Restaurateur Joe Bello learned the power of magic as a teenager in high school, looking for a way to break the ice with the other kids. Voila, he had friends!
Tonight, he's using that same power by bringing his mentor, professional magician Paul Gertner, to The Wooden Nickel in Monroeville. Presto, he has customers!
It's "An Evening of Wine & Magic," an upscale-casual dinner show featuring a five-course meal with wine, followed by the illusionary artistry of Mr. Gertner.
The Wooden Nickel opened in 1947 and is a landmark on Berger Lane. Mr. Bello and his father-in-law, Jeff Ross, took it over a year ago and are celebrating their anniversary this week with special events.
"We've started a social media campaign to bring in more people, more of the younger crowd," said Mr. Bello, the former sous chef at The Capital Grille. "But we still embrace the regulars, and we always will."
So what's for dinner?
"The dinner is a chef-selection menu, each set with its own wine," Mr. Bello said. "Each one of the culinary staff members got to create their own course."
After you've made all the food and wine disappear, here comes the magician.
"I wouldn't mind highlighting the magic," Mr. Bello said. "He puts on an incredible show. I would love for people to see what he does. Besides, he's a local guy, and it's always great to support local talent."
"Joe and I have been close ever since he called me when he was a teenager doing a senior class project," said Mr. Gertner. "It's a different venue. I don't normally perform in restaurants. But we're creating a kind of mini-theater."
Mr. Gertner, 59, has been practicing professional magic for 40-plus years. He is the winner of numerous national and international awards, but he still makes his home in Fox Chapel.
"Most of my work is all over the country and all over the world, so I can work out of anywhere I want," he said. "I grew up here and have a large family network here. Pittsburgh's been a good city to work out of.
"I teach, I do lectures, I create routines and have products on the market that other magicians use. I've sold stuff to David Copperfield over the years.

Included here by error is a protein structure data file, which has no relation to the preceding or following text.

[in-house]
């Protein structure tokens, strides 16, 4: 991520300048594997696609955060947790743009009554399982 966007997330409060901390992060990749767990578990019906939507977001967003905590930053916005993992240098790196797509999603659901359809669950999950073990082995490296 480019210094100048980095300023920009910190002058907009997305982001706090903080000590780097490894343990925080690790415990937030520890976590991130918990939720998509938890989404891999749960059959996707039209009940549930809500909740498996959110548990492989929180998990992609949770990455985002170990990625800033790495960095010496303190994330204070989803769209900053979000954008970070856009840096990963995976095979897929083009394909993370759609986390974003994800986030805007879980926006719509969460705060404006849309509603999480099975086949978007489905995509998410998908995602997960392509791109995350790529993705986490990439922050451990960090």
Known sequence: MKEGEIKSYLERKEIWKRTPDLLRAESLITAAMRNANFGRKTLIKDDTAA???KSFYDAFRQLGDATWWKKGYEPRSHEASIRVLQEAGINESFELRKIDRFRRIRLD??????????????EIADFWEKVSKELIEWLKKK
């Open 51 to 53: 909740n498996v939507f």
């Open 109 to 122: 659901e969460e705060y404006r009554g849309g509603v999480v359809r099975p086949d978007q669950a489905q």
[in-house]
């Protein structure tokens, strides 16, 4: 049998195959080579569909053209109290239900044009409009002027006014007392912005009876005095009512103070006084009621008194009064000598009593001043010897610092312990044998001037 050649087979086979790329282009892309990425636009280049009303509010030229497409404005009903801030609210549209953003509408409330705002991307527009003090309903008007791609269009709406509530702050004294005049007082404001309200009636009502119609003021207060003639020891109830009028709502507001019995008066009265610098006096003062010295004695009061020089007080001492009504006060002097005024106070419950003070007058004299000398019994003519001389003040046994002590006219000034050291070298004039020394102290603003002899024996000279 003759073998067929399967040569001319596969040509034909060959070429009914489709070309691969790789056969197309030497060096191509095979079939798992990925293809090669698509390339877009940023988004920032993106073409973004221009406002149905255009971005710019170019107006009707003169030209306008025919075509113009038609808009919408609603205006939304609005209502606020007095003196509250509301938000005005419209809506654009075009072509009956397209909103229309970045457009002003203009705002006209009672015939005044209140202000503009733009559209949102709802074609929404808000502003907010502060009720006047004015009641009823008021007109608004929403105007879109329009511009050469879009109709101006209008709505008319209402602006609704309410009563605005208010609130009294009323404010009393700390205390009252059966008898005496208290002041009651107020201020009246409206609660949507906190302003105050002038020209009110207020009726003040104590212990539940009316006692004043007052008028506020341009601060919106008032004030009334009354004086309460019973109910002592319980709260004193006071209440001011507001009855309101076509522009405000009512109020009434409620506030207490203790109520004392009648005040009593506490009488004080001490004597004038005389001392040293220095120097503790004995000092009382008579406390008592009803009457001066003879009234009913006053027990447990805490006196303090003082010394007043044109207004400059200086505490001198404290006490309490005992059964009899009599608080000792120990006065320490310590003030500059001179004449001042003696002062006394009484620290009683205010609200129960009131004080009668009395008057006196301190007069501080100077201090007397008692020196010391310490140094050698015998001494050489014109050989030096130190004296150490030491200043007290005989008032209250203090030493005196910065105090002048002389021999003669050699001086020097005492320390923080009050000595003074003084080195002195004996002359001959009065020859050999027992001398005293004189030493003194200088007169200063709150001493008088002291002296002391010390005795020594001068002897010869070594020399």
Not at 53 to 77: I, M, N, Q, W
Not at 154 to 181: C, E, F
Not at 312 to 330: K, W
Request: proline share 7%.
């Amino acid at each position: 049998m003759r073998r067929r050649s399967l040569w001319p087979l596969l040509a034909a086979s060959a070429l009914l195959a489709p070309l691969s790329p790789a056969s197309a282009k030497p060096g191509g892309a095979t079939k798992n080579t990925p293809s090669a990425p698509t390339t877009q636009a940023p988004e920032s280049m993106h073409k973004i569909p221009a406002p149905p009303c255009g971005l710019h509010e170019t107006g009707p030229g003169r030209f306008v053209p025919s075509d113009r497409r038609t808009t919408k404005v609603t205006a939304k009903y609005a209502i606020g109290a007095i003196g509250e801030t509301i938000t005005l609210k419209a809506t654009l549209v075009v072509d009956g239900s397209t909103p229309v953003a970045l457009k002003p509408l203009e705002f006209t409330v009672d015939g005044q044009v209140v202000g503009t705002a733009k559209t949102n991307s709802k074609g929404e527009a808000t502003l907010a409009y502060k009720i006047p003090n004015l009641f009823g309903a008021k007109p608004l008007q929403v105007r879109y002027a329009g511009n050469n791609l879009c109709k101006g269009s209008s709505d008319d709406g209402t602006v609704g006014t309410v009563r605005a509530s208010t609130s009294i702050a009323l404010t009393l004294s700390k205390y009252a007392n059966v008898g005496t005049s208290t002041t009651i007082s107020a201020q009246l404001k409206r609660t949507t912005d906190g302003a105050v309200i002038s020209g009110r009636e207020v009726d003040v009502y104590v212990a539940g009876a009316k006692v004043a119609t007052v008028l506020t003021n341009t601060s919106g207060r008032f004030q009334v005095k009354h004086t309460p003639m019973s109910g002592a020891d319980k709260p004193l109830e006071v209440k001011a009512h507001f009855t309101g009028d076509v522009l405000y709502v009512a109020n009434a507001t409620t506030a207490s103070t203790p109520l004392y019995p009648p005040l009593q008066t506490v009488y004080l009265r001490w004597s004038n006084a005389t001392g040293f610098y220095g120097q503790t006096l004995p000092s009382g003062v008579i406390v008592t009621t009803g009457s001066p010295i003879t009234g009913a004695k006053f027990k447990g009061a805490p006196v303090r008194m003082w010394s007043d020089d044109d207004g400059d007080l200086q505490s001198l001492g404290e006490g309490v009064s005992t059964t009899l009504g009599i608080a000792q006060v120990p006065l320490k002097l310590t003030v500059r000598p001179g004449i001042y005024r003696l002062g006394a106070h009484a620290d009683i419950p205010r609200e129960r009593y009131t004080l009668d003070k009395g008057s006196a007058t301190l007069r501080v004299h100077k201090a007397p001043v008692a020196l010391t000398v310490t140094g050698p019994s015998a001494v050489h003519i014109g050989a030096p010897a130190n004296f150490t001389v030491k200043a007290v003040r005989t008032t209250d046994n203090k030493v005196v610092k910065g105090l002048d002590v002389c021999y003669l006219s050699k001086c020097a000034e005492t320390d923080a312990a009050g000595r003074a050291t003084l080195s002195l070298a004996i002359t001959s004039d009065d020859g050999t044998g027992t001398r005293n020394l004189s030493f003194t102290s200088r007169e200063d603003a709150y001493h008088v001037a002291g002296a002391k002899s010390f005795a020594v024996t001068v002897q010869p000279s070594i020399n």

"I've been very fortunate. My niche has been the corporate market. I do a speaking program on change, innovation and technology. I do a lot of trade shows and weave in a message about the product. I'll draw 50, 100 people twice an hour to [a company's] booth. It's a nice little niche."
Mr. Gertner said the concept of weaving magic into trade shows started in the early 1960s and he did his first one in the mid 1970s, learning from some of the old-timers who were leaving the business.
That's the way it works in the magic business. There's nothing magical about learning how to do it. You have to study and practice and perfect.
"Nowadays, there's some learning done online," Mr. Gertner said. "But it's better to have one-on-one personal instruction. Mentoring.
"If I do a corporate date, I might line up a lecture at the local magic club. I have a bit of a reputation in the magic world, so I can do that."
The connection of magic with corporate dates is a natural fit, Mr. Gertner said.
"There's something out there we don't quite understand. And that's what magicians are doing. They're challenging you. They're putting something out in front of you that, for a moment, it deceives you, it fools you.
"If I can trick your mind into believing that the bowling ball came from that little cup, is it possible that you can trick your mind into believing that you are good at sales, you can fix your car. Tricking your mind into believing something that might not necessarily be true."
The dinner-and-show are $75 and start at 7 p.m. Call 412-372-9750 for a reservation.
But if you can't get in on the meal, you can still enjoy the 9 p.m. magic show for $30.
"We can certainly take in some walk-ins," Mr. Bello said. "I'd be perfectly happy to pull some chairs in."
If you can't make it tonight, there is a cigar-and-scotch night on tap for Thursday. And another night with a magician will appear on the calendar in a few months.
This story originally appeared in The Pittsburgh Press. To subscribe, go to http://www.post-gazette.com/trypittsburghpress/